Abandon calls primary and secondary skills

Unanswered Question
Nov 10th, 2011
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Good Morning all,

I hope someone can help me. If a group of agents is connected to a skill group with more than one category how does cisco count the number of abandoninQ, Abandon ring, calls handled and offered?

For example:

When downloading perskg32 report the data shows as follows:



214                   27                      8                    19                      927              981



214                    27                    0                    0                         0                         27

As shown some of the values are repeated, so what are my totals for Abandon and Total number of Calls?

CallsQueued=214 or 428

CallsAbandInQ= 27 or 54

CAllsOffered=981 or 1008

Report Summary field the data are the values in red.

Thank you in advanced


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Check your call type reports for a more accurate count on those numbers.

Set a "queuing call type" just before the queue to skill group nodes - by definition, a "queuing call type" will be the last in the series of call types (after you have peeled off holidays, after-hours etc. calls). No "flow out" from this call type.



Gergely Szabo Thu, 11/10/2011 - 06:39
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if one call is queued to multiple skill groups, the number for the CallsQueued will be incremented for all of the skill groups. Same applies to the Calls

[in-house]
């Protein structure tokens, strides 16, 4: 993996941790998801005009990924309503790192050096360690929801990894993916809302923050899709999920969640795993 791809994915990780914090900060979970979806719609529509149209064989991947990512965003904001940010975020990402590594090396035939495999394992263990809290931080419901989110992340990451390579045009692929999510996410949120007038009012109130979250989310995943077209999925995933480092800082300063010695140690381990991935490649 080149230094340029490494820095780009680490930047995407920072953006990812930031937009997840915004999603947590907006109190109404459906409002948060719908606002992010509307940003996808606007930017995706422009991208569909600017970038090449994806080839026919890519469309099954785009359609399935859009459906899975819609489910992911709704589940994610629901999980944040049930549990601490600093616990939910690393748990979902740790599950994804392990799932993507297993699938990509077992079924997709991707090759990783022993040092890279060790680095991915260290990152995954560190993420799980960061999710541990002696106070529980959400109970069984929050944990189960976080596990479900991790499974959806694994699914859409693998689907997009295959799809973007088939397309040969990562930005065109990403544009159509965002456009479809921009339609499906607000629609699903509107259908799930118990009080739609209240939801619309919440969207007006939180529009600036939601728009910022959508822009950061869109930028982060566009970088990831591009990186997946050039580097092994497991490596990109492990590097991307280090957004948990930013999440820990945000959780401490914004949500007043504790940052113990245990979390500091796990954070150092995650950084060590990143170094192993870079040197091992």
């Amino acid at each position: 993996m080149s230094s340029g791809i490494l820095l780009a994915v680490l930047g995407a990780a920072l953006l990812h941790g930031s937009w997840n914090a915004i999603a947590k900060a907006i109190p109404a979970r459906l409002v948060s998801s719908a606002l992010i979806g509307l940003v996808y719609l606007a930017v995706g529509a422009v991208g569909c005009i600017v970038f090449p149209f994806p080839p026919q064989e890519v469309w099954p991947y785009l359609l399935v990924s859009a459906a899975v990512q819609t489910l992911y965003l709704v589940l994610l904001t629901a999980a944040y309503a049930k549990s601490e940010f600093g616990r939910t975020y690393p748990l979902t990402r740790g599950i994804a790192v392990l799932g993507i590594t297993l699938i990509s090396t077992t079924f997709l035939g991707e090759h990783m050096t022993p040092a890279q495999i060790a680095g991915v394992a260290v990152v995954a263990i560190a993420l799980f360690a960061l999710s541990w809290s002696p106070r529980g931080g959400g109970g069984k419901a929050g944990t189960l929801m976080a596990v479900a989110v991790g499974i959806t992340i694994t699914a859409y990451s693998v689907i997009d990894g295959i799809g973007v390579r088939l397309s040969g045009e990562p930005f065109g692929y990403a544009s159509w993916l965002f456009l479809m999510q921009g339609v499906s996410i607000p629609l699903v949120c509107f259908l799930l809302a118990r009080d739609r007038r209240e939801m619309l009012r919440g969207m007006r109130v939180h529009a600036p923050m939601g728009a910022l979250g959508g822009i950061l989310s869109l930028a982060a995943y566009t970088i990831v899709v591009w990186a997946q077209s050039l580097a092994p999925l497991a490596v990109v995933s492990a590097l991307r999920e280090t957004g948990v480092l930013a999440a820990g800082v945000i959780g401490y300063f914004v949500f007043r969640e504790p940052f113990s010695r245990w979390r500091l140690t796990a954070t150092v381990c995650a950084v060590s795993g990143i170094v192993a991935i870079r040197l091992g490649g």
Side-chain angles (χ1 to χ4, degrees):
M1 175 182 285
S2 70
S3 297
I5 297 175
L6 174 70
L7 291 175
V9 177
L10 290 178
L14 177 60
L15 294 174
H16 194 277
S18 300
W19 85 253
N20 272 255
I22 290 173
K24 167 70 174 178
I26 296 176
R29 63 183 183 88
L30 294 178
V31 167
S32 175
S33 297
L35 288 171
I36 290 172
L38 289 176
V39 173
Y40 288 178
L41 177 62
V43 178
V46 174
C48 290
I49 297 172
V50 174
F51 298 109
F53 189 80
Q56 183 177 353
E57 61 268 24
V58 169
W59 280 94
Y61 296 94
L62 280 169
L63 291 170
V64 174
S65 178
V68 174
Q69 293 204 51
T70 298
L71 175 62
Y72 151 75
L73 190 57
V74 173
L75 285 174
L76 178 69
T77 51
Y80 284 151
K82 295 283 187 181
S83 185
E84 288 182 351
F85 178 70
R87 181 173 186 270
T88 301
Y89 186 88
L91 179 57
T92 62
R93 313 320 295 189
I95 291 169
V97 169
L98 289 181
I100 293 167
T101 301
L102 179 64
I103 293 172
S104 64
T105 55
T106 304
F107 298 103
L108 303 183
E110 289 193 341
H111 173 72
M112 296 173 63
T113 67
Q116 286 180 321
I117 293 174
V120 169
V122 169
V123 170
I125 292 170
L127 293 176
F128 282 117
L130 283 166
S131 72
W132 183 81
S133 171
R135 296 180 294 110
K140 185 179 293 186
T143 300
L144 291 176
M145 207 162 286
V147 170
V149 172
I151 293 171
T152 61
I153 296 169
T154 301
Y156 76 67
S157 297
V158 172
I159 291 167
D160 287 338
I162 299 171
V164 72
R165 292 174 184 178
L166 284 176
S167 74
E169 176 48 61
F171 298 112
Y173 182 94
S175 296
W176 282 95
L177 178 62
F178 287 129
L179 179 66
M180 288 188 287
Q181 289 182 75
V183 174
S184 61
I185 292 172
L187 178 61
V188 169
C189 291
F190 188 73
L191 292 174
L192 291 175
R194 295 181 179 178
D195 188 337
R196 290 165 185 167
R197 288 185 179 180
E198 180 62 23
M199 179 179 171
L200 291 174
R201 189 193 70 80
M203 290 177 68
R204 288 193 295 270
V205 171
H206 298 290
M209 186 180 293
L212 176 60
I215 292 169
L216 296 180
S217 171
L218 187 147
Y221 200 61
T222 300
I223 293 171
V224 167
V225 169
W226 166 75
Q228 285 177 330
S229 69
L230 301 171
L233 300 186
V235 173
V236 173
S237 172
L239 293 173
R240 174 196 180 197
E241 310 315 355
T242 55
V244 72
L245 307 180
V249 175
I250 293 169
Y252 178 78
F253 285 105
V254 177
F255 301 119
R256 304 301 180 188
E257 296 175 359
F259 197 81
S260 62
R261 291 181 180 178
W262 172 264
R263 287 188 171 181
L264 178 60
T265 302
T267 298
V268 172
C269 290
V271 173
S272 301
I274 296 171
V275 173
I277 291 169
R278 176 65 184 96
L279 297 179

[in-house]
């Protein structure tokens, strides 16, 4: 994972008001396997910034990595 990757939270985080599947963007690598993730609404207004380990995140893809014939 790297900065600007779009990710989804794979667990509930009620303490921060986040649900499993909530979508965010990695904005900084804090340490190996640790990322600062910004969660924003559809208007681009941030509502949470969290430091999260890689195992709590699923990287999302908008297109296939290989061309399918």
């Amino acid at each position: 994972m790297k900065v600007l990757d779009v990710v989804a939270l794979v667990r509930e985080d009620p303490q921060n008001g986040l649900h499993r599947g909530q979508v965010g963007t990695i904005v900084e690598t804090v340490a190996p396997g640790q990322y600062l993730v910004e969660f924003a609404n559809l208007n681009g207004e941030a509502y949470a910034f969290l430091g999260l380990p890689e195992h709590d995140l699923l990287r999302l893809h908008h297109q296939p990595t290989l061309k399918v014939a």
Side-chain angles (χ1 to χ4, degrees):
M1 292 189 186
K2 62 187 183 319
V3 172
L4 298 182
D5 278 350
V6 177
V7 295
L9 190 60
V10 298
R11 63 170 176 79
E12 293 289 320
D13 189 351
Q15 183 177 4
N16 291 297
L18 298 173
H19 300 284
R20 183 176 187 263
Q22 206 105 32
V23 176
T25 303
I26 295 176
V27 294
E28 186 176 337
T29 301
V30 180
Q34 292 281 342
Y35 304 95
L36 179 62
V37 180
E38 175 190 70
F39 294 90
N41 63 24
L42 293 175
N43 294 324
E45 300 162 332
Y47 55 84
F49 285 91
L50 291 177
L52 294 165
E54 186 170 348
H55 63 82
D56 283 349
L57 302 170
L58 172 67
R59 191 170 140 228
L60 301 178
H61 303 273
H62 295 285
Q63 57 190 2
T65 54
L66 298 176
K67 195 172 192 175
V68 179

AbandonedInQueue column as well. It's quite logical - the system queues one call to two or more skill groups, and if the customer decides to hang up while in the queue, the call will be abandoned for all of the skill groups. Similar logic applies to the CallsOffered column, which is basically the number of calls that touched that skill group.

It's quite different, however, when it comes to AbandonRing or RONA - this is already past the queue, when the system already knows where to route the call to: to the agent.

Back to those numbers:

214 calls were queued (to all skill groups);

27 calls were abandoned (for all skill groups);

981 calls offered (~ touched the skill group).

Might be a bit confusing, but one needs to see this from the point of view of skill group, not calls.

I can only agree with Geoff, if you need to count calls as such, you need to insert call types into your ICM scripts, before sending calls to skill groups, or at any place where you want to measure the number of calls. The way I always explain this to a customer is: calltypes are basically turnstiles with a security officer standing next to them, keeping an eye on everyone going through the gate.



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